I stayed by John’s side throughout the entire day, talking to him, kissing him, holding his hand…comforting him as best I could as he made his way to the finish line – decades earlier than either of us had had expected or hoped.

Although it was by far the most difficult day of my life – and the last one of his – it was also a gift because it gave us a chance to say good-bye.

“Because it is a privilege to assist people when they die,” writes Scott, a former palliative care nurse, “death-walking is a very powerful practice which is not appropriate for everyone to undertake.”

“If you are very attached to the person,” explains Marciniak, “you may not be permitted to venture over with them because you might not come back.”

So it was with me. I took John only as far as I was permitted to – his organ removal surgery:

Just after midnight, an operating room becomes available. I watch as a group of nurses and technicians prepare Sam’s body for the transfer. One person temporarily detaches him from the respirator while another manually forces air into his lungs though a device that looks like a plunger. I want to scream. He’s leaving me and there’s not a goddamn thing I can do about it.

They wheel Sam out of his room and down the hall. I follow behind, right into the OR. When I turn around and see that several family members have followed us in, I scream at them instead: “Get out! Leave us alone!”

The medical personnel stare at me. But my crew of supporters high-tail it out of the operating room. I walk up to Sam, lean over and kiss him on the lips. “I love you.”

Then I take a deep breath, give him one last wave, turn around and walk out into the hallway full of family and friends.”

From a medical perspective, I wasn’t allowed to stay in the operating room for his surgery. From a spiritual perspective, I know I would’ve had great difficulty letting him go. So instead, I went home – our home – to begin my new life as a widow.

But then an amazing thing happened. I awoke the next morning at 5:30 to see a large red light framing my entire bedroom window. When the organ removal coordinator called me a few hours later to update me on which of John’s organs were able to be donated (heart, kidneys and pancreatic islets), I asked her if she knew what time John’s heart was removed.

I could hear her flipping through her notes on the other end of the line.

“Here it is,” she says. “His heart was removed at 5:30 this morning.”

Perhaps after the death of John’s body, his soul accompanied me on the very first leg of my new journey?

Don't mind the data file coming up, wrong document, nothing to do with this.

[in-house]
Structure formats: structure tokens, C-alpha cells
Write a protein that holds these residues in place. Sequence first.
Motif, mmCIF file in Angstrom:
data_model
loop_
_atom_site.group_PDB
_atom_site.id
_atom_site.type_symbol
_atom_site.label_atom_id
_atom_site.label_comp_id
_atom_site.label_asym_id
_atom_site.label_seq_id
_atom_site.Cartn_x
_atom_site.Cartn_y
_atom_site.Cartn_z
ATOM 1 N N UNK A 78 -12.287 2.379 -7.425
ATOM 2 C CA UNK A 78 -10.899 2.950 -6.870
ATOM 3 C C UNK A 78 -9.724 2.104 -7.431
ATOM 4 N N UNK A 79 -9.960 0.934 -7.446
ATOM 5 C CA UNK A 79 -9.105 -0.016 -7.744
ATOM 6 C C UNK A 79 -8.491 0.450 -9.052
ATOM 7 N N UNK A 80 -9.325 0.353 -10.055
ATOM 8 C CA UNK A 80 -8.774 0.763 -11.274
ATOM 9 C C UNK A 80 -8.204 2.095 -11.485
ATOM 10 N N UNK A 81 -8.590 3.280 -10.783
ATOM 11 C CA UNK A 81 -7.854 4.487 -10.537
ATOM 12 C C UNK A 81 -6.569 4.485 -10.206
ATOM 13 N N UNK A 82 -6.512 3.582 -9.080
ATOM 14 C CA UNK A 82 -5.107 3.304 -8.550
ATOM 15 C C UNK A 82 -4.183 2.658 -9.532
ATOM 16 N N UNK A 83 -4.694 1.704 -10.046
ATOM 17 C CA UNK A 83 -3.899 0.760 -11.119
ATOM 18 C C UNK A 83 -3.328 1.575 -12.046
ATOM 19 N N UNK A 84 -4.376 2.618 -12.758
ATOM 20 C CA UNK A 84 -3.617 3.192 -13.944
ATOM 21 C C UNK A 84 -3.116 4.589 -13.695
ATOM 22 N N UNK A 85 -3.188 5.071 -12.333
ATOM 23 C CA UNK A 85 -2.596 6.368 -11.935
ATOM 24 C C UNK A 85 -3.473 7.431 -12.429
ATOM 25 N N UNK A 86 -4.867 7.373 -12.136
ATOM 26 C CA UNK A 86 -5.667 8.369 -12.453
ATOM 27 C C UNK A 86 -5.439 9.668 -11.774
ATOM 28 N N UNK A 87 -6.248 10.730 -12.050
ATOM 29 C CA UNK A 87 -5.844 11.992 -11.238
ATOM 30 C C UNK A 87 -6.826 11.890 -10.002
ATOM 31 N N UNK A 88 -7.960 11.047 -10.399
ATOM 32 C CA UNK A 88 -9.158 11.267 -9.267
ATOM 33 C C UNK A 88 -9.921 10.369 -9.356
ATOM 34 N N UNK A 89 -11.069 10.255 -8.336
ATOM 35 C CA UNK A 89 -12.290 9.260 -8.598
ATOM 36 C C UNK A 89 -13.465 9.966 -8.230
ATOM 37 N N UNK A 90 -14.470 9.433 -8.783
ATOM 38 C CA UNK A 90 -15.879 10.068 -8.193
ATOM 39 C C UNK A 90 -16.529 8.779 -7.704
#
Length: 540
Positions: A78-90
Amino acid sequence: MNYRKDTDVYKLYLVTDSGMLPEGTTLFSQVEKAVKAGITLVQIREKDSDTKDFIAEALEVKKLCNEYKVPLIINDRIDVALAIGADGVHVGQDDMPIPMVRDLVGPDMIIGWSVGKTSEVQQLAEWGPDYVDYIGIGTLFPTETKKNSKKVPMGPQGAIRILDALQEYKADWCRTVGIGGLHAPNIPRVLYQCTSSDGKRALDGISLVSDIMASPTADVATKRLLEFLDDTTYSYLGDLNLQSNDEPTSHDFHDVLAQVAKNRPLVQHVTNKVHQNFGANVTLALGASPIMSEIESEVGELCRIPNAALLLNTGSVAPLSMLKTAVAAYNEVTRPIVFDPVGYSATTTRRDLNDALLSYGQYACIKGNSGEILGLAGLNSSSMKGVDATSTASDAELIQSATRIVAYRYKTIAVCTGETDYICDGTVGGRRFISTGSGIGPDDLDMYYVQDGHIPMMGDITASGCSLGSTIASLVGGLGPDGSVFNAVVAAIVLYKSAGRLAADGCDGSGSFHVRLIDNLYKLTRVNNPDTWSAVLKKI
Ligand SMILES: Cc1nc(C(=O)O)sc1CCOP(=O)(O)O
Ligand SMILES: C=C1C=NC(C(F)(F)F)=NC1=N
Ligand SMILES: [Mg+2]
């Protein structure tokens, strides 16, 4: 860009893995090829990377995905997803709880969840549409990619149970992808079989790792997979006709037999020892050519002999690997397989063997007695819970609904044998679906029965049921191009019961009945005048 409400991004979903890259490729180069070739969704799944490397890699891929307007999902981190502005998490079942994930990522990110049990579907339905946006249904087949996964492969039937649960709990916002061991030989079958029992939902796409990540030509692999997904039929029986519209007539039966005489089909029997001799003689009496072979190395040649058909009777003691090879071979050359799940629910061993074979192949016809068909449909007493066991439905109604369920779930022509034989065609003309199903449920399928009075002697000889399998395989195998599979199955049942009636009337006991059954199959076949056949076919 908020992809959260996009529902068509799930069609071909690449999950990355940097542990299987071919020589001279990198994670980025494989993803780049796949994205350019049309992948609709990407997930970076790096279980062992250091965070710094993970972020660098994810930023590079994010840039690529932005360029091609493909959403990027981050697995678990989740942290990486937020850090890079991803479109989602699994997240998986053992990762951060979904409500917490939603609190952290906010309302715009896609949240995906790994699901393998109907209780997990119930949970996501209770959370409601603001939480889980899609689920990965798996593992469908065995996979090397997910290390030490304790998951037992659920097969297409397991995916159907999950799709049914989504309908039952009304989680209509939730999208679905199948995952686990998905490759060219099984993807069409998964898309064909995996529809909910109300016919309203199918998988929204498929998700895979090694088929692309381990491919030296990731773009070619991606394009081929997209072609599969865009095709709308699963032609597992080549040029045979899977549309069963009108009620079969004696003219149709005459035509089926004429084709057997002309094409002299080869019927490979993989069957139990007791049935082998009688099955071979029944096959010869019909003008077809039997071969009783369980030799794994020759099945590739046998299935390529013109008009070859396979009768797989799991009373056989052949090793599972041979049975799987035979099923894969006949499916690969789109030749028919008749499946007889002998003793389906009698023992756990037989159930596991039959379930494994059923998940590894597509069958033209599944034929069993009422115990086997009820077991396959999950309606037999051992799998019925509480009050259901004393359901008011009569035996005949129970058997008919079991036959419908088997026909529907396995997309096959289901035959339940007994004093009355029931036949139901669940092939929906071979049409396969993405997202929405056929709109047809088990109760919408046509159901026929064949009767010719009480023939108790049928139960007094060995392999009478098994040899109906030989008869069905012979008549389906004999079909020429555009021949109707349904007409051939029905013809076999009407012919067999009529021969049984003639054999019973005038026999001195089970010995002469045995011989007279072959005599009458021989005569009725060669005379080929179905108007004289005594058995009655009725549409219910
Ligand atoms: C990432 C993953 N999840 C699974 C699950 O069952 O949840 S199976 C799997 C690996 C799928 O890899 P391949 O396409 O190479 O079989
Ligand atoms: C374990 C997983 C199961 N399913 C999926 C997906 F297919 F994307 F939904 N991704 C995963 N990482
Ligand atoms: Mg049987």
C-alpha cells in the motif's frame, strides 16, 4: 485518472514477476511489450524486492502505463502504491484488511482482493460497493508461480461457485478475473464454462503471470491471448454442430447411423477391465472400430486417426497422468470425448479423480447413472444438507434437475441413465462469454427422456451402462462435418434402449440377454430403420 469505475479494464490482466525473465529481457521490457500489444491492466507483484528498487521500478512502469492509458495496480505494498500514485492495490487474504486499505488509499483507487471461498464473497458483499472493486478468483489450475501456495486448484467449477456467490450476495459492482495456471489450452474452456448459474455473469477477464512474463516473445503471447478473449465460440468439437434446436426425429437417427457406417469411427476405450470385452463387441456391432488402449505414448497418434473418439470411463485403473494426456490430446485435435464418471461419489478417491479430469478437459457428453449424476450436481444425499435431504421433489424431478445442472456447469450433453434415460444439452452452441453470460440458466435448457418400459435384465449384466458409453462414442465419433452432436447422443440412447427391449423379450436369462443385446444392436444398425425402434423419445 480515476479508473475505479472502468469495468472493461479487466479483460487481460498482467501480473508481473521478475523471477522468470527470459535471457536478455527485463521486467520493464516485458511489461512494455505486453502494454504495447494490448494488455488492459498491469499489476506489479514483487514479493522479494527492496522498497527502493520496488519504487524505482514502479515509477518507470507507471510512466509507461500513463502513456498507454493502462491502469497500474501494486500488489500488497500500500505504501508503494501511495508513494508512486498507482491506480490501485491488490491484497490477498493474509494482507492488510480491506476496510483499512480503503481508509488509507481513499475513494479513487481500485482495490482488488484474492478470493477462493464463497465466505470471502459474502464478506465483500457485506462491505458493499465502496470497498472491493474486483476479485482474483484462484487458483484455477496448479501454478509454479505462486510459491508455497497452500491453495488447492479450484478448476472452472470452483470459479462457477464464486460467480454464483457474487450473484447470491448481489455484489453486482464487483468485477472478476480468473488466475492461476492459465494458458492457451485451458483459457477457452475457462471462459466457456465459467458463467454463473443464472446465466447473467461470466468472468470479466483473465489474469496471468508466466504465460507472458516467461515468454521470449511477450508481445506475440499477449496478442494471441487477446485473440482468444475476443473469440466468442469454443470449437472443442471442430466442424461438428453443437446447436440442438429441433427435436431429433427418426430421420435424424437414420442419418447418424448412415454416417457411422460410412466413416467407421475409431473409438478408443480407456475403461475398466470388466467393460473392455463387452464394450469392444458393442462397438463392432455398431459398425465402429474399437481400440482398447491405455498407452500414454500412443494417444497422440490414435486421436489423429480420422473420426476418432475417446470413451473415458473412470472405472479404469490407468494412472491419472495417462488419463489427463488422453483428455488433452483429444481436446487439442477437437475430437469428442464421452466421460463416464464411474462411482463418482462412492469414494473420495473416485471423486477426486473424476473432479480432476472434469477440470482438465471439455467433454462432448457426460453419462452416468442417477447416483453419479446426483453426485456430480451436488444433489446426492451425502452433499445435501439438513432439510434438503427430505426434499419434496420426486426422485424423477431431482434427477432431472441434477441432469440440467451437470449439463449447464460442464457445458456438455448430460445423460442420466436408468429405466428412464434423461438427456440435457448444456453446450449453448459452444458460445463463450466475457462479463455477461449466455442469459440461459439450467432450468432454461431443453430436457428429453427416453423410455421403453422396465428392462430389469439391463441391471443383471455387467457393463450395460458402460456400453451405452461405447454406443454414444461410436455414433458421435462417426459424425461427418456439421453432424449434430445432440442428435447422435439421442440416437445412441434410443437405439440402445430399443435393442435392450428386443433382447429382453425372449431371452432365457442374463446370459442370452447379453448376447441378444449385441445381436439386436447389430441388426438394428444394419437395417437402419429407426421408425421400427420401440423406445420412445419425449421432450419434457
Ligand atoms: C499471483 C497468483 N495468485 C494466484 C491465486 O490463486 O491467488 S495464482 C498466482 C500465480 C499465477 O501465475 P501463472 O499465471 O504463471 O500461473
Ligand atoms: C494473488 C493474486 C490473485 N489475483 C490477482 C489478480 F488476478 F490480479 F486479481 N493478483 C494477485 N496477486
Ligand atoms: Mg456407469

There is no definitive answer to this question, of course – but I did begin to suspect that whatever happened between John and I, that day in the ICU, wasn’t just on the physical level.

Then, about three years after his death, I took a playwriting course and got the first, very rough, draft done of a play entitled, Saviour. Basically, the script explores the possibility that if John’s soul and my soul were indeed communicating the day he passed away, then what was said – and why?

Because knowing the honest and open relationship John and I had, plus the fact that we’d had a fight the day before about me not taking my writing seriously and the fact that his on-duty death was the result of an easily preventable fall at an unsafe workplace all led me to believe that if our souls were able to communicate that day, there was an awful lot for us to sort out, in order for both of us to find some sort of peace with his sudden death.

Another four years – and as many rewrites of Saviour – passed and the script was still nowhere near completion. Thankfully, however, the manuscript for my book, A Widow’s Awakening, was finally ready for publication. And since I’d decided to self-publish it, I took a course on self-publishing – and the instructor was none other than Claire Scott, author of two books on dying: Butterfly Wisdom; Gifts from the Dying (mentioned earlier) and Butterfly Blessings; A Little Book about Dying.

Now what are the chances that the person teaching my self-publishing course also just happened to be a former palliative care nurse who has written two outstanding books on the dying process? Fairly slim, I suspect…especially when you consider that it was only when I read Butterfly Wisdom and learned about the concept of “death-walking” that my Saviour play – and the day I spent with John in the ICU – finally started to make some sort of spiritual sense.

Why it’s enough to make a gal suspect that the Universe has been working pretty hard to get us all lined up 🙂

Other related blogs by Maryanne:

Radio Interview After Police Shooting

Leaving What and Who We Love

Blah, Blah, Blah Ginger

Maryanne Pope is the author of A Widow’s Awakening and the playwright of Saviour. She is the CEO of Pink Gazelle Productions and the Chair of the John Petropoulos Memorial Fund. If you would like to receive Maryanne’s weekly blog, please sign up here